Monday, November 30, 2015

Do You Gladly Accept God's Good Gifts While Rejecting His Perfect One?


Do not be deceived, my beloved brethren. Every good endowment and every perfect gift is from above, coming down from the Father of lights with whom there is no variation or shadow due to change. James 1:16-17

THERE is a great deal of confusion in the world about its Creator. There is more bad information than good, more false beliefs than true, and a lot of desperate hopes as well. Where does it all come from? The bad information comes from hearts blinded by sin, and the desperate hopes are born of fear regarding the One who fathered the heavenly lights. How could it be otherwise? Those are breathtaking credentials, and all we can hope is that Anyone so great will choose to be merciful to insignificant creatures like us. The state of confusion wouldn’t be so bad either, except that we are too busy talking, too engaged in pronouncing opinions and declaring philosophies about matters we are not qualified to judge. On the other hand we are too slow to hear, too slow to devote ourselves to the careful investigation of holy scripture, which is the true revelation of God that gives us new birth, heavenly Light, and which is able to save our souls. So when St. James informs us that the Almighty is good, the giver of good gifts, and that His unchangeable disposition is to be gracious to sinful men it is a most welcome message indeed!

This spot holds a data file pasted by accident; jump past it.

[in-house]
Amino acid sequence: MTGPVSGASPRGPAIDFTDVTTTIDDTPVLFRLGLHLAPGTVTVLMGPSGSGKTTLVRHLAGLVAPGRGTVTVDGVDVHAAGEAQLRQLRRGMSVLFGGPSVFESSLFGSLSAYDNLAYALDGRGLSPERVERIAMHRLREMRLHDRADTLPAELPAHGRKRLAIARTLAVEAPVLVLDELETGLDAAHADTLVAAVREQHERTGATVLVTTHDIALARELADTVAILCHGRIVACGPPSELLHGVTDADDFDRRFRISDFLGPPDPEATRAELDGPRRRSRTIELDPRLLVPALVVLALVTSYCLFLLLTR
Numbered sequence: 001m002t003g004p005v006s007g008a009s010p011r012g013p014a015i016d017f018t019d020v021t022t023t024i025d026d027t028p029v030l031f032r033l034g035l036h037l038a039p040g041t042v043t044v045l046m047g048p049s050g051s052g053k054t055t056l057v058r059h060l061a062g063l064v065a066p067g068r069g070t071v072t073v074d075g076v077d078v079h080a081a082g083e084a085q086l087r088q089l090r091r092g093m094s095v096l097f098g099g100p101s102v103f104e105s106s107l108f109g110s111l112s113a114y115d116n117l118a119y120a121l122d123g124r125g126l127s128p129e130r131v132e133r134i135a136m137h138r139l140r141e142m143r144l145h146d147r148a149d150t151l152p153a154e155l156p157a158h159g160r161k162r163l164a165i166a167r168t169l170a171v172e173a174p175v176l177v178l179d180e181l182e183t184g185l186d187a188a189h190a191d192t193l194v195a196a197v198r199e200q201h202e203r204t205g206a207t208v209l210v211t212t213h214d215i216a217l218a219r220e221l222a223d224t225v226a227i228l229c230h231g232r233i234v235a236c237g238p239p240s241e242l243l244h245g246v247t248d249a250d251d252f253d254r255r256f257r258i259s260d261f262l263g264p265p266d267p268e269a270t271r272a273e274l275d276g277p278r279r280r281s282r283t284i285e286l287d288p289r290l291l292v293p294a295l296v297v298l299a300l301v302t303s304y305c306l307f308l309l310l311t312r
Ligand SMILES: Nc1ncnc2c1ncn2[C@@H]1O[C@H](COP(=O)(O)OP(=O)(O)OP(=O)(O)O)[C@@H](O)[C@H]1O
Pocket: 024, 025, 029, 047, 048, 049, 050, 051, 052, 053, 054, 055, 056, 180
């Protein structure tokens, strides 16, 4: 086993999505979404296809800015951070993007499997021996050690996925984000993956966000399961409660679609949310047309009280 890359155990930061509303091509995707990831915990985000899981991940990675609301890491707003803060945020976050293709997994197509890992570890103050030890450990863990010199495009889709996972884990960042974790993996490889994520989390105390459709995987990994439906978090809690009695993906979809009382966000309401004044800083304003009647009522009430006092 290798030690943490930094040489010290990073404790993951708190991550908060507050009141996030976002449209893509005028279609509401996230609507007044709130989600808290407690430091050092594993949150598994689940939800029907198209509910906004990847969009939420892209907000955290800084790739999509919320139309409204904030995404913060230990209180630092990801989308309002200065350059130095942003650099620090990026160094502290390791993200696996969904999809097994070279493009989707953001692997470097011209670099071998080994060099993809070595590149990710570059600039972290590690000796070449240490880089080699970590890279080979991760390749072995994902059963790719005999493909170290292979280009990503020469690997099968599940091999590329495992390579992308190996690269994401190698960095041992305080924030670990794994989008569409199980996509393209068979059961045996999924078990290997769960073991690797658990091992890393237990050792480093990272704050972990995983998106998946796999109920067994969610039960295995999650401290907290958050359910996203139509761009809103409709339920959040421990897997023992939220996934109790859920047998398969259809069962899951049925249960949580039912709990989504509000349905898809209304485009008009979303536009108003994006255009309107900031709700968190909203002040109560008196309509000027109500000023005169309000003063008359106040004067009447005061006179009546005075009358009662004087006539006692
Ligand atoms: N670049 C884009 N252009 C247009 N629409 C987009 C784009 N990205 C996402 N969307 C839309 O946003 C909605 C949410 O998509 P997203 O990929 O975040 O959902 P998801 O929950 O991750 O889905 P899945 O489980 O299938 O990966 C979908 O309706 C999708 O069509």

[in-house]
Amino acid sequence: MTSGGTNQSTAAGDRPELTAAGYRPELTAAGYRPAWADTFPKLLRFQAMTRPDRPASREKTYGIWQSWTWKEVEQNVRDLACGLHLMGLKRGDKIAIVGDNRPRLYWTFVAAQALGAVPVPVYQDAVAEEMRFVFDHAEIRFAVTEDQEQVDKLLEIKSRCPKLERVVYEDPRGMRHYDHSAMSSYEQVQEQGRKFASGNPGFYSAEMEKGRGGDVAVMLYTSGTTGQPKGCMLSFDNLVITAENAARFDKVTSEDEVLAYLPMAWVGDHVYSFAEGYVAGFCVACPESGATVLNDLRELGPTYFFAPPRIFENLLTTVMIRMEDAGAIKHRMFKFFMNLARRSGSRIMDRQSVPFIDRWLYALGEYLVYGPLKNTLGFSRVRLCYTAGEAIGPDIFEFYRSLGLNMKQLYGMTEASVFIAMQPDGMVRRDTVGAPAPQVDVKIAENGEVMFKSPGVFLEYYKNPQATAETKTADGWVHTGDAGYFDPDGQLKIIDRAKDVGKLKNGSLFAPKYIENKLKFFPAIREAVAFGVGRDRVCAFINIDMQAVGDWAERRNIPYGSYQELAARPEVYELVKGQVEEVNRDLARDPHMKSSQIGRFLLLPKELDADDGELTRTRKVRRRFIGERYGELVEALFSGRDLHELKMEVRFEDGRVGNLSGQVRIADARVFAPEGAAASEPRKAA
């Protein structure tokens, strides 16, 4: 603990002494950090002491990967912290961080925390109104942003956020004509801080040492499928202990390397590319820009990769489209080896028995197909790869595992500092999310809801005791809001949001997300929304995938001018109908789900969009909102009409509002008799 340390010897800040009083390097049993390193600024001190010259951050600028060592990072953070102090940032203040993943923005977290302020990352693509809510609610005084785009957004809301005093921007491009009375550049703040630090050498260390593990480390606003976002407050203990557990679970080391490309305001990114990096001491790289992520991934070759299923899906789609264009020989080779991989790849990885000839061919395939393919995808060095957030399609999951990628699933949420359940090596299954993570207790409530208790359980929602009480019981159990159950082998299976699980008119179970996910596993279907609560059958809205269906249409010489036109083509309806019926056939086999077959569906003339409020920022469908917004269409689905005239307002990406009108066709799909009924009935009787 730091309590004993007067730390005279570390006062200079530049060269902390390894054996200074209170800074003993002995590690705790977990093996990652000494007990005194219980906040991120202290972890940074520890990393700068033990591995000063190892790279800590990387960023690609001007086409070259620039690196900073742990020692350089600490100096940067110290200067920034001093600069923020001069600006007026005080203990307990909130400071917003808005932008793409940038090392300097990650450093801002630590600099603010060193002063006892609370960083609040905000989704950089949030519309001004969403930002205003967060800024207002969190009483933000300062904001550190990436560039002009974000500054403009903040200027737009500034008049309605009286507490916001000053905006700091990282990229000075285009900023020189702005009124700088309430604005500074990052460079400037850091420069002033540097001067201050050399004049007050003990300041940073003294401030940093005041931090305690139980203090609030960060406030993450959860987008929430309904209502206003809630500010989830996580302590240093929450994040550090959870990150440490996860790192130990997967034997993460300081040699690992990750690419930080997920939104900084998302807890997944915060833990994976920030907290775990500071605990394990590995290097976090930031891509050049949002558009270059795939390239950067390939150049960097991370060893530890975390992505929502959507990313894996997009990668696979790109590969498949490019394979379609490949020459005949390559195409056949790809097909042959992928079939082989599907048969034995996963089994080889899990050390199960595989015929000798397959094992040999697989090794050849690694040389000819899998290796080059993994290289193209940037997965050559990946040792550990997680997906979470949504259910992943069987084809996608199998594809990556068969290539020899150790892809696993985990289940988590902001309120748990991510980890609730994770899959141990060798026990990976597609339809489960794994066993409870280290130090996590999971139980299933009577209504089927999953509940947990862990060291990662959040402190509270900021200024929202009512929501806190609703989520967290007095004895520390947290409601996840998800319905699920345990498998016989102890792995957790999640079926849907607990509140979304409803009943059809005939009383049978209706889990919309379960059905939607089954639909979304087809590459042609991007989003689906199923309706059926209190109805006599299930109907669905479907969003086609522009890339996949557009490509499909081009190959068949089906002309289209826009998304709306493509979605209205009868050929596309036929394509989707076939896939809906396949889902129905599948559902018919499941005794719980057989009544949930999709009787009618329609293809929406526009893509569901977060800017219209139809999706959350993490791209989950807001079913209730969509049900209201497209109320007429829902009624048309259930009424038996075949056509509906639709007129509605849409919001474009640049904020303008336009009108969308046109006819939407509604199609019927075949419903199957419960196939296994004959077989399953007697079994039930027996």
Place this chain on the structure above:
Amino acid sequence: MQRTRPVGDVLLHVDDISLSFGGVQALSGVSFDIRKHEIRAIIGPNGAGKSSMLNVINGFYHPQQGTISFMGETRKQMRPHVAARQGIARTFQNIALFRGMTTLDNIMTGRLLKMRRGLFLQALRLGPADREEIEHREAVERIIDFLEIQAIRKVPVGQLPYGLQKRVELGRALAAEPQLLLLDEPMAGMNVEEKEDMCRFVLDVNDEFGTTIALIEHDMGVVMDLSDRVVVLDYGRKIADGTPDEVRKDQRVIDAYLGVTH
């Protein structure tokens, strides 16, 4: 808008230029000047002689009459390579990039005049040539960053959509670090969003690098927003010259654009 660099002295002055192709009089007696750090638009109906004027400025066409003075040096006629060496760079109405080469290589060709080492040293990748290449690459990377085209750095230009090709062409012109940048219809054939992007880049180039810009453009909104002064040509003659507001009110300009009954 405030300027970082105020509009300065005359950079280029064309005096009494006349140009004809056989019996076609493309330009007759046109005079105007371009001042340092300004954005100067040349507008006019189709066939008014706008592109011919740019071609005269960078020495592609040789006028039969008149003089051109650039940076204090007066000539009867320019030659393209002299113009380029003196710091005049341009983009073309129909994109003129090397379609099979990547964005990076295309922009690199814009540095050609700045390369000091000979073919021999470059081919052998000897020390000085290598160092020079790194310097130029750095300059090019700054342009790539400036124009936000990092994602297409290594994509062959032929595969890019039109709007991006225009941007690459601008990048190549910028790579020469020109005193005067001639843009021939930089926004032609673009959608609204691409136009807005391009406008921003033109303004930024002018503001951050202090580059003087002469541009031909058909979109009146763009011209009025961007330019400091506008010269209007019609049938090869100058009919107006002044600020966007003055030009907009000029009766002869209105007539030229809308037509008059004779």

James’ first concern is that his beloved brethren in Christ should not be deceived in this matter, but deception regarding the truth about God is legendary. It comes from the world as the blind attempt to lead the blind, from the devil who is the father of lies, from the human heart which is lost in a maze of falsehood, and from dysfunctional religions which lead men to believe in their own righteousness apart from Christ, which is impossible!

James’ second concern is to let us know that there are two kinds of gifts that God gives: good ones, and Perfect ones. Good gifts are the things we Confess in the first article of the Creed when we say: I believe that God has made me and all creatures; that he has given me my body and soul, eyes, ears, and all my members, my reason and all my senses and still takes care of them. He also gives me clothing and shoes, food and drink, house and home, wife and children, land, animals and all I have. He richly and daily provides me with all that I need to support this body and life. He defends me against all danger and guards and protects me from all evil. These are the good favors God gives us, along with the Holy Spirit who enables us to recognize their source, be grateful for them, and respond to them in kind by forsaking anger, moral filth and the rampant wickedness of the world.